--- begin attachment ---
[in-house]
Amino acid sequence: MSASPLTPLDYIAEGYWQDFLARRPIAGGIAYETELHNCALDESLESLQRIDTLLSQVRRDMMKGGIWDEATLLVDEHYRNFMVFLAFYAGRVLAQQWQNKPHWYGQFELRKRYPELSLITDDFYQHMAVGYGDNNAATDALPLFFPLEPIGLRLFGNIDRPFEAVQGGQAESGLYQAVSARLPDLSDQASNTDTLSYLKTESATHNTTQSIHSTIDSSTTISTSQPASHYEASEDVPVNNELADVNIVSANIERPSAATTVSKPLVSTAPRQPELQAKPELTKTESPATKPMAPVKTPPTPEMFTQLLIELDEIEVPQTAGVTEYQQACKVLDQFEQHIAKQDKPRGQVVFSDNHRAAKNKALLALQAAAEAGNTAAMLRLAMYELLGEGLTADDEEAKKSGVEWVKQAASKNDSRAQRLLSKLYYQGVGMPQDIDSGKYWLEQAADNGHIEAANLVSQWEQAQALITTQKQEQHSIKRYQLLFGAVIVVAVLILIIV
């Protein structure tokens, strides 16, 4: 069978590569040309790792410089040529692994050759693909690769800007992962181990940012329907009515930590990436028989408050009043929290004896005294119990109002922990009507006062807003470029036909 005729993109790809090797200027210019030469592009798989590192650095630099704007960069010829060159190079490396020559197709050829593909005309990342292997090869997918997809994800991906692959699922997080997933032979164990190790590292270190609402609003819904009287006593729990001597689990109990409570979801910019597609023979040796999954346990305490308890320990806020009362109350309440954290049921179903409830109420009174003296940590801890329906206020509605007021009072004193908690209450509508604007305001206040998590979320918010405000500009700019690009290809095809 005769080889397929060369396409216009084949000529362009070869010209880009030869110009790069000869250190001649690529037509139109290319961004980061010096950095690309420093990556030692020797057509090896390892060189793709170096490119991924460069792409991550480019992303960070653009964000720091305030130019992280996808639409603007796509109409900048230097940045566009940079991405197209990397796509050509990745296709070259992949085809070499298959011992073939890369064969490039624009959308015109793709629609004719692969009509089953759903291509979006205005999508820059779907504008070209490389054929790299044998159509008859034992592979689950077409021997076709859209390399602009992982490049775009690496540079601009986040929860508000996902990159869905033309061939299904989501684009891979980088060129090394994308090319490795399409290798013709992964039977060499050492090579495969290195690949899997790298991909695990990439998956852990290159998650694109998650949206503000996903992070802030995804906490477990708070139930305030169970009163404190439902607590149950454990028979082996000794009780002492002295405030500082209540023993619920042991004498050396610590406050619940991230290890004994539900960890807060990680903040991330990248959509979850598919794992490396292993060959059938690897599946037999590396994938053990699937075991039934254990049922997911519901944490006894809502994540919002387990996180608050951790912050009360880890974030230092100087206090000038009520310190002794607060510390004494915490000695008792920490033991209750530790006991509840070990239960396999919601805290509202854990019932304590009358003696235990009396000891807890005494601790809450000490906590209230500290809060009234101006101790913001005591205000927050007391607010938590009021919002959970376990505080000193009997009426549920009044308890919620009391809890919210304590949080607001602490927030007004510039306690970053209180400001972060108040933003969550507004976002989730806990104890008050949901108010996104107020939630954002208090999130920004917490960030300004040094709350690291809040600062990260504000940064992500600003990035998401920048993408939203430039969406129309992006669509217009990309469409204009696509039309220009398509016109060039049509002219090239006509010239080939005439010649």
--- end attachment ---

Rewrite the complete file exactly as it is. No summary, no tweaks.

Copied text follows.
[in-house]
Amino acid sequence: MSASPLTPLDYIAEGYWQDFLARRPIAGGIAYETELHNCALDESLESLQRIDTLLSQVRRDMMKGGIWDEATLLVDEHYRNFMVFLAFYAGRVLAQQWQNKPHWYGQFELRKRYPELSLITDDFYQHMAVGYGDNNAATDALPLFFPLEPIGLRLFGNIDRPFEAVQGGQAESGLYQAVSARLPDLSDQASNTDTLSYLKTESATHNTTQSIHSTIDSSTTISTSQPASHYEASEDVPVNNELADVNIVSANIERPSAATTVSKPLVSTAPRQPELQAKPELTKTESPATKPMAPVKTPPTPEMFTQLLIELDEIEVPQTAGVTEYQQACKVLDQFEQHIAKQDKPRGQVVFSDNHRAAKNKALLALQAAAEAGNTAAMLRLAMYELLGEGLTADDEEAKKSGVEWVKQAASKNDSRAQRLLSKLYYQGVGMPQDIDSGKYWLEQAADNGHIEAANLVSQWEQAQALITTQKQEQHSIKRYQLLFGAVIVVAVLILIIV
């Protein structure tokens, strides 16, 4: 069978590569040309790792410089040529692994050759693909690769800007992962181990940012329907009515930590990436028989408050009043929290004896005294119990109002922990009507006062807003470029036909 005729993109790809090797200027210019030469592009798989590192650095630099704007960069010829060159190079490396020559197709050829593909005309990342292997090869997918997809994800991906692959699922997080997933032979164990190790590292270190609402609003819904009287006593729990001597689990109990409570979801910019597609023979040796999954346990305490308890320990806020009362109350309440954290049921179903409830109420009174003296940590801890329906206020509605007021009072004193908690209450509508604007305001206040998590979320918010405000500009700019690009290809095809 005769080889397929060369396409216009084949000529362009070869010209880009030869110009790069000869250190001649690529037509139109290319961004980061010096950095690309420093990556030692020797057509090896390892060189793709170096490119991924460069792409991550480019992303960070653009964000720091305030130019992280996808639409603007796509109409900048230097940045566009940079991405197209990397796509050509990745296709070259992949085809070499298959011992073939890369064969490039624009959308015109793709629609004719692969009509089953759903291509979006205005999508820059779907504008070209490389054929790299044998159509008859034992592979689950077409021997076709859209390399602009992982490049775009690496540079601009986040929860508000996902990159869905033309061939299904989501684009891979980088060129090394994308090319490795399409290798013709992964039977060499050492090579495969290195690949899997790298991909695990990439998956852990290159998650694109998650949206503000996903992070802030995804906490477990708070139930305030169970009163404190439902607590149950454990028979082996000794009780002492002295405030500082209540023993619920042991004498050396610590406050619940991230290890004994539900960890807060990680903040991330990248959509979850598919794992490396292993060959059938690897599946037999590396994938053990699937075991039934254990049922997911519901944490006894809502994540919002387990996180608050951790912050009360880890974030230092100087206090000038009520310190002794607060510390004494915490000695008792920490033991209750530790006991509840070990239960396999919601805290509202854990019932304590009358003696235990009396000891807890005494601790809450000490906590209230500290809060009234101006101790913001005591205000927050007391607010938590009021919002959970376990505080000193009997009426549920009044308890919620009391809890919210304590949080607001602490927030007004510039306690970053209180400001972060108040933003969550507004976002989730806990104890008050949901108010996104107020939630954002208090999130920004917490960030300004040094709350690291809040600062990260504000940064992500600003990035998401920048993408939203430039969406129309992006669509217009990309469409204009696509039309220009398509016109060039049509002219090239006509010239080939005439010649």